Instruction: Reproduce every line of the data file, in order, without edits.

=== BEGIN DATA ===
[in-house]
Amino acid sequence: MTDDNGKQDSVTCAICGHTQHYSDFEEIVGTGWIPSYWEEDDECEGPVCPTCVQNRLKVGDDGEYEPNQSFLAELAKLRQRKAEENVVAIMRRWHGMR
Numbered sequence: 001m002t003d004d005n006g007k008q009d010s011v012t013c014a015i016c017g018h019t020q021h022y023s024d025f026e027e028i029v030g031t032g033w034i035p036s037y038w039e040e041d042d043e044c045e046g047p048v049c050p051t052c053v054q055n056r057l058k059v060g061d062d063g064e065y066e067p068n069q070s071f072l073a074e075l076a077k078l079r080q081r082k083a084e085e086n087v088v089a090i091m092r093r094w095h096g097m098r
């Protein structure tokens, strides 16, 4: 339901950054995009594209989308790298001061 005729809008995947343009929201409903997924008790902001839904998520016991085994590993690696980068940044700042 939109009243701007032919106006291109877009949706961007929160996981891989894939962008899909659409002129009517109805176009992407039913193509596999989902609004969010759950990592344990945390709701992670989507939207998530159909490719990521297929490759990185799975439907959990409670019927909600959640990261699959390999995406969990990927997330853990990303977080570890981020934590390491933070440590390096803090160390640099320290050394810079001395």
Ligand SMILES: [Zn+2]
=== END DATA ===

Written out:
[in-house]
Amino acid sequence: MTDDNGKQDSVTCAICGHTQHYSDFEEIVGTGWIPSYWEEDDECEGPVCPTCVQNRLKVGDDGEYEPNQSFLAELAKLRQRKAEENVVAIMRRWHGMR
Numbered sequence: 001m002t003d004d005n006g007k008q009d010s011v012t013c014a015i016c017g018h019t020q021h022y023s024d025f026e027e028i029v030g031t032g033w034i035p036s037y038w039e040e041d042d043e044c045e046g047p048v049c050p051t052c053v054q055n056r057l058k059v060g061d062d063g064e065y066e067p068n069q070s071f072l073a074e075l076a077k078l079r080q081r082k083a084e085e086n087v088v089a090i091m092r093r094w095h096g097m098r
């Protein structure tokens, strides 16, 4: 339901950054995009594209989308790298001061 005729809008995947343009929201409903997924008790902001839904998520016991085994590993690696980068940044700042 939109009243701007032919106006291109877009949706961007929160996981891989894939962008899909659409002129009517109805176009992407039913193509596999989902609004969010759950990592344990945390709701992670989507939207998530159909490719990521297929490759990185799975439907959990409670019927909600959640990261699959390999995406969990990927997330853990990303977080570890981020934590390491933070440590390096803090160390640099320290050394810079001395």
Ligand SMILES: [Zn+2]